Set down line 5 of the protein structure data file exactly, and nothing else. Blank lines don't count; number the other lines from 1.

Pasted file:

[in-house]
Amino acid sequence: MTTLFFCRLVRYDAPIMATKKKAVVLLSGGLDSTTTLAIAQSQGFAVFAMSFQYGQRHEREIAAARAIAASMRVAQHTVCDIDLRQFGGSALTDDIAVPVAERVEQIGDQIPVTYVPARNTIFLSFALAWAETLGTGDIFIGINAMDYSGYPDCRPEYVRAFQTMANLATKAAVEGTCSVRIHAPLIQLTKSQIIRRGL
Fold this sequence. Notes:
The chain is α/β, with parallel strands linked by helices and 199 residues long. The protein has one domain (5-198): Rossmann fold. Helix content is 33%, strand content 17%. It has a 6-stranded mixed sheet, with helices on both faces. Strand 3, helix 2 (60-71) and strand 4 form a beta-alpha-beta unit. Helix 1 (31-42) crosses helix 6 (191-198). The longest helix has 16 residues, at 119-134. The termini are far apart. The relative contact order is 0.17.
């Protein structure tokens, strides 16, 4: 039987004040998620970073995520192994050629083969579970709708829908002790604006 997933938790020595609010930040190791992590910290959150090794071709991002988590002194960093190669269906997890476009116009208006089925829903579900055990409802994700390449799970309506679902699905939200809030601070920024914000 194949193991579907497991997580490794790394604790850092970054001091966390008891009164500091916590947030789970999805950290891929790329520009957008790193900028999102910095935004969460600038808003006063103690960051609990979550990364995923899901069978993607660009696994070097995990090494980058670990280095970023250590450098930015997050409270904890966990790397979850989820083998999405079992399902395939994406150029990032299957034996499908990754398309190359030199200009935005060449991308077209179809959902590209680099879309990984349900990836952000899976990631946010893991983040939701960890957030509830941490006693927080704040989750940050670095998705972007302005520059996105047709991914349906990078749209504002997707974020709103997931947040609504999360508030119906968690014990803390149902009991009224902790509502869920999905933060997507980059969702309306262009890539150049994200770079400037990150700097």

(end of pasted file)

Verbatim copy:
């Protein structure tokens, strides 16, 4: 039987004040998620970073995520192994050629083969579970709708829908002790604006 997933938790020595609010930040190791992590910290959150090794071709991002988590002194960093190669269906997890476009116009208006089925829903579900055990409802994700390449799970309506679902699905939200809030601070920024914000 194949193991579907497991997580490794790394604790850092970054001091966390008891009164500091916590947030789970999805950290891929790329520009957008790193900028999102910095935004969460600038808003006063103690960051609990979550990364995923899901069978993607660009696994070097995990090494980058670990280095970023250590450098930015997050409270904890966990790397979850989820083998999405079992399902395939994406150029990032299957034996499908990754398309190359030199200009935005060449991308077209179809959902590209680099879309990984349900990836952000899976990631946010893991983040939701960890957030509830941490006693927080704040989750940050670095998705972007302005520059996105047709991914349906990078749209504002997707974020709103997931947040609504999360508030119906968690014990803390149902009991009224902790509502869920999905933060997507980059969702309306262009890539150049994200770079400037990150700097």